When a song both begins and ends with police sirens, then you know things might just be getting a little tense at the top of the charts…
Ghost Town, by The Specials (their 2nd and final #1)
3 weeks, 5th – 26th July 1981
What makes this record great, though, is that the tension, the anger in this record, is controlled and channelled into a brilliant pop song. In The Specials’ first #1, ‘Too Much Too Young’, the message was spat out, obnoxiously. ‘Ghost Town’ still has that two-tone anarchy, but here it’s under control. They have a plan: every note and lyric is set for maximum impact, and it’s catchy as hell.
This town, Is coming like a ghost town… The band look around Coventry, their hometown, and see clubs closed down, disenchanted kids kicking lumps out of each other… Bands won’t play no more, Too much fighting on the dance floor… They look around, and they know just who to blame.
What makes this record great (Pt II) is that they perfect a ‘haunted house’ vibe with creepy organs and eerie flutes, plus the high-pitched, ghoulish backing vocals, but at no point does it sound like a novelty record. It does mean that this song is fated to be wrongly included on Halloween playlists for the rest of eternity; but that’s a small price to pay for such a unique sounding chart-topper.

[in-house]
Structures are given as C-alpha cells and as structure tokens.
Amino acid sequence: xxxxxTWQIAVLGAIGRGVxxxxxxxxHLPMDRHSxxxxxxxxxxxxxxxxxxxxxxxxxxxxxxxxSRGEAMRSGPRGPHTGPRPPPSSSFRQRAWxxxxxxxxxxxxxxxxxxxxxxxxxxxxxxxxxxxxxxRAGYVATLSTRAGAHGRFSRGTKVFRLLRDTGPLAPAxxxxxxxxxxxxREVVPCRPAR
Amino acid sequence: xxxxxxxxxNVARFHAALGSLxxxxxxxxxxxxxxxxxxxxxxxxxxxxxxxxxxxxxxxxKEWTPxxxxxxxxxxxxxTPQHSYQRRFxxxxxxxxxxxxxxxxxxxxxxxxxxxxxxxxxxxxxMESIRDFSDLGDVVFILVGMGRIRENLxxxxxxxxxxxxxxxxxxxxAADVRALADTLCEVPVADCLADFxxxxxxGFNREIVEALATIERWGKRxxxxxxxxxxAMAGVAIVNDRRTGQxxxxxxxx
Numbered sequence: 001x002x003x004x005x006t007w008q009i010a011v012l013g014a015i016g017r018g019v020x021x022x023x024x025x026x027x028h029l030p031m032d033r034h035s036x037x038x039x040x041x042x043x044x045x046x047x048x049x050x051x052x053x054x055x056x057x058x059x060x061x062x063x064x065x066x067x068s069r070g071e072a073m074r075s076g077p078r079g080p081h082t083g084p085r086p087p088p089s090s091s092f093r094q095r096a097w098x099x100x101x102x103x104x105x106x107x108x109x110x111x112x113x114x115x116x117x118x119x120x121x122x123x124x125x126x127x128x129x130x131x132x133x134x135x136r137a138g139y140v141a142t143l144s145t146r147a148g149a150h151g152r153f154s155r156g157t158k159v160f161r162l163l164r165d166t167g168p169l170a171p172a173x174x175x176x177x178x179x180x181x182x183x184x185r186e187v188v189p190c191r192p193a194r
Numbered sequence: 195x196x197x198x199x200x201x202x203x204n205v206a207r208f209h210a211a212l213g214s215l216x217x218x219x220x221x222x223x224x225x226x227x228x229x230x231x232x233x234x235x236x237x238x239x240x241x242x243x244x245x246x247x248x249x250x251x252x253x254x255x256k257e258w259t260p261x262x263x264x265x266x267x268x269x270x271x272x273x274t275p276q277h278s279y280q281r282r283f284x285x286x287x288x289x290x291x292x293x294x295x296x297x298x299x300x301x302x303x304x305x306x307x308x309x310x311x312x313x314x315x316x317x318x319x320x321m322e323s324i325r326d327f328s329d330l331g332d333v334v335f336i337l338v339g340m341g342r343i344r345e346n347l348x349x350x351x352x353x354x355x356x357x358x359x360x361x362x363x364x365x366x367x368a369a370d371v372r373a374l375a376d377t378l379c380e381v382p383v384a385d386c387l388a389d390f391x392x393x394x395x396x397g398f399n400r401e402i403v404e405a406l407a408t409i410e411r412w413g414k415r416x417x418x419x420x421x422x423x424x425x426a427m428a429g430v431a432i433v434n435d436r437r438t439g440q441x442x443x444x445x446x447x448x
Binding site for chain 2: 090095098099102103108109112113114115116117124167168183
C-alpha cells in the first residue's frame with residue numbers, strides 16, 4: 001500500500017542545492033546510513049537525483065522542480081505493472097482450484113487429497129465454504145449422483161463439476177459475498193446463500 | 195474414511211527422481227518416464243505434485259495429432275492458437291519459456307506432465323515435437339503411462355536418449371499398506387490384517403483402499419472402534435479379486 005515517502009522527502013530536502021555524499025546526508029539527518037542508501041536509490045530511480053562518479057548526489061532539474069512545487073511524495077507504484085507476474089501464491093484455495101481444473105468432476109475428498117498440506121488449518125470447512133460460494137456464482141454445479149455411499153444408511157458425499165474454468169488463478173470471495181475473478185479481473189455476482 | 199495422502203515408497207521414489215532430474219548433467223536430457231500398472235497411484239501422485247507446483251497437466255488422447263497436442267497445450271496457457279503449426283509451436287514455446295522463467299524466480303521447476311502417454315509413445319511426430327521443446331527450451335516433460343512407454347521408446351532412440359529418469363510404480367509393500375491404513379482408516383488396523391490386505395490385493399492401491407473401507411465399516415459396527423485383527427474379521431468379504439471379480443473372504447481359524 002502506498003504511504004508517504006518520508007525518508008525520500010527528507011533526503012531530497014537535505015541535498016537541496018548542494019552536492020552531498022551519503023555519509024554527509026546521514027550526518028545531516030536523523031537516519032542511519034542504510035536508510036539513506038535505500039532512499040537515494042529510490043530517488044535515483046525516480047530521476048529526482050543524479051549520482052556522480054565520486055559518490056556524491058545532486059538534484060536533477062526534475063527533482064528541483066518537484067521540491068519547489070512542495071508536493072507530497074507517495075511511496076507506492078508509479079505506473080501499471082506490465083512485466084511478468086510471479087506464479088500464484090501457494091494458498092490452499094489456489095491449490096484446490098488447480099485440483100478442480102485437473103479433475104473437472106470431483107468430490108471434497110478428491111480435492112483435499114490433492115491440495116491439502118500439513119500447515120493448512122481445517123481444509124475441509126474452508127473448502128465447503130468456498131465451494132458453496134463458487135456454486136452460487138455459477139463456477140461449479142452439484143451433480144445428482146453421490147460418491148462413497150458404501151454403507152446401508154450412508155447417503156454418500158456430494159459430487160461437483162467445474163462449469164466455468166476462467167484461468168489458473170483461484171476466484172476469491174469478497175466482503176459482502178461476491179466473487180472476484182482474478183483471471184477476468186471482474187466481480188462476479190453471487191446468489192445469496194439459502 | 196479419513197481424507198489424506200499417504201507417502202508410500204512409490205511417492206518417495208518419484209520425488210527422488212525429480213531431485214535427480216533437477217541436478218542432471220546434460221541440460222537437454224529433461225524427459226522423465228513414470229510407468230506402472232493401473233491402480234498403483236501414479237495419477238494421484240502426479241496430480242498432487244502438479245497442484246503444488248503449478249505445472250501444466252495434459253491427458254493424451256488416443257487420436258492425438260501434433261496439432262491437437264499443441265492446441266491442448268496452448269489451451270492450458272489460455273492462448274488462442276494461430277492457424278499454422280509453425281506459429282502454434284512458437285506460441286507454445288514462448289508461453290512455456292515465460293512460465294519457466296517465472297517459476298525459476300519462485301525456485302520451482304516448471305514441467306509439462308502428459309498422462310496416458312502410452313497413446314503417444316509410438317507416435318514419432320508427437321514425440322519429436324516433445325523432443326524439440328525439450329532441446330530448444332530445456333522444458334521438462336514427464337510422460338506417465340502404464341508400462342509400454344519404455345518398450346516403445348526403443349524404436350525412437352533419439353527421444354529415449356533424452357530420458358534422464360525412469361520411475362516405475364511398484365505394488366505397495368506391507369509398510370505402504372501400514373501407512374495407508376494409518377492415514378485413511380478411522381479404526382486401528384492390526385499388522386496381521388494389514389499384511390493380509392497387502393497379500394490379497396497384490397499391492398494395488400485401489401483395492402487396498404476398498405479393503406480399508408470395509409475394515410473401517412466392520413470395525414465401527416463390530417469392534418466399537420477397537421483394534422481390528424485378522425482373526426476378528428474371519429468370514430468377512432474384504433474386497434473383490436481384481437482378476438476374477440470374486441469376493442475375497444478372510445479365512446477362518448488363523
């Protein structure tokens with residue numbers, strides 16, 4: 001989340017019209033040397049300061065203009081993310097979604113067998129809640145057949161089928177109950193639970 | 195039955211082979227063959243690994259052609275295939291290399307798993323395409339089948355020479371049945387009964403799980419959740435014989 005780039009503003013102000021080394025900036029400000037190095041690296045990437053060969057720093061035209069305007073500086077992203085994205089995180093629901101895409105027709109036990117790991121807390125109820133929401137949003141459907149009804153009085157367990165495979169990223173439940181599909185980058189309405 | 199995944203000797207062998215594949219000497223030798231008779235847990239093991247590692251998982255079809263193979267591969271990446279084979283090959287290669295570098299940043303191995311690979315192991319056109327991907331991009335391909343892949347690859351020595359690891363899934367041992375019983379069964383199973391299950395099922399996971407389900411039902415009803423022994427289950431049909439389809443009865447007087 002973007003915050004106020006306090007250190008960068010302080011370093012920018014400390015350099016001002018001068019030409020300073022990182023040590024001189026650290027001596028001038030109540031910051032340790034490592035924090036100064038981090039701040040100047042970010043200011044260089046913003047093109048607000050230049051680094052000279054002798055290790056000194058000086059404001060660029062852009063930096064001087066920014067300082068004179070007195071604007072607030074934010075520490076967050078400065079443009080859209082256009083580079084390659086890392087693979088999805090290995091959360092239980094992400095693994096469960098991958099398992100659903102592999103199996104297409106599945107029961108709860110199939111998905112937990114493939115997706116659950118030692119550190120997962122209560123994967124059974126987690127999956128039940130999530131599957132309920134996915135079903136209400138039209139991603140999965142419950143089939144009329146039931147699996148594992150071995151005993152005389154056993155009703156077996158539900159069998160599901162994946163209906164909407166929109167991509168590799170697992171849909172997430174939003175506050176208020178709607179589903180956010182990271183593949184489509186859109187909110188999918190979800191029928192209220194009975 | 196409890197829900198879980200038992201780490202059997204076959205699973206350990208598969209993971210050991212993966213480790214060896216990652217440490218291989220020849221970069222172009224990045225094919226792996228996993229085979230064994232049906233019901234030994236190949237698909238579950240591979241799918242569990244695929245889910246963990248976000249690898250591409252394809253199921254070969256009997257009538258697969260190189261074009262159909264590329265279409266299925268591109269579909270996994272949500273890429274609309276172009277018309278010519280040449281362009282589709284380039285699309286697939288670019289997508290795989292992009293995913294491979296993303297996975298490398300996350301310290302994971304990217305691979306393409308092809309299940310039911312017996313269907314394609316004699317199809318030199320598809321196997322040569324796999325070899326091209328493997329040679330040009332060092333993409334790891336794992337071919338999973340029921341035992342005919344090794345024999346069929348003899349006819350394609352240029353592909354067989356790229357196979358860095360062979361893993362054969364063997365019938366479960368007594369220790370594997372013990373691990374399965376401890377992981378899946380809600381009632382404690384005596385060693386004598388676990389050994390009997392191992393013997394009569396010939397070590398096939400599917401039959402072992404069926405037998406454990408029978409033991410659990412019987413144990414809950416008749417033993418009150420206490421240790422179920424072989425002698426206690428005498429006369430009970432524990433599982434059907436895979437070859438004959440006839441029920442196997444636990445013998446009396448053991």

Is this the most political number one single yet? The Jam might argue their case, but I think, compared to ‘Ghost Town’, ‘Going Underground’ sounds a little one-dimensional, as great as it is. Here the social commentary is blended with the funky horns and the catchy chorus line. The anger comes through slowly, peaking when Neville Staple starts chanting: Government leaving the youth on the shelf… No jobs to be found in this country… before ending with the succinct: The people getting angry!
‘Ghost Town’ was at #1 as riots broke out across the UK in the summer of 1981, with unemployment rates heading rapidly towards three million, making it sound very prescient. Sadly, the band couldn’t enjoy their ‘told you so’ moment: they split up, according to the history books, as they were waiting to record the song’s ‘Top of the Pops’ performance. Many Coventry locals weren’t too impressed either, hearing their home described as a dying town on radios across the land. Perhaps the truth hurt too much?
I’ve got to the end of this post without mentioning my two favourite bits of this song. The brassy middle-eight, that sounds completely different to the other three minutes, all swinging and upbeat, as they reminisce about the good old days inna de boomtown... And then there’s the drumbeat, that only becomes obvious as the song fades out. It sounds really modern, like ‘90s trip-hop. It sums up a very cool, and very important, moment at the top of the charts.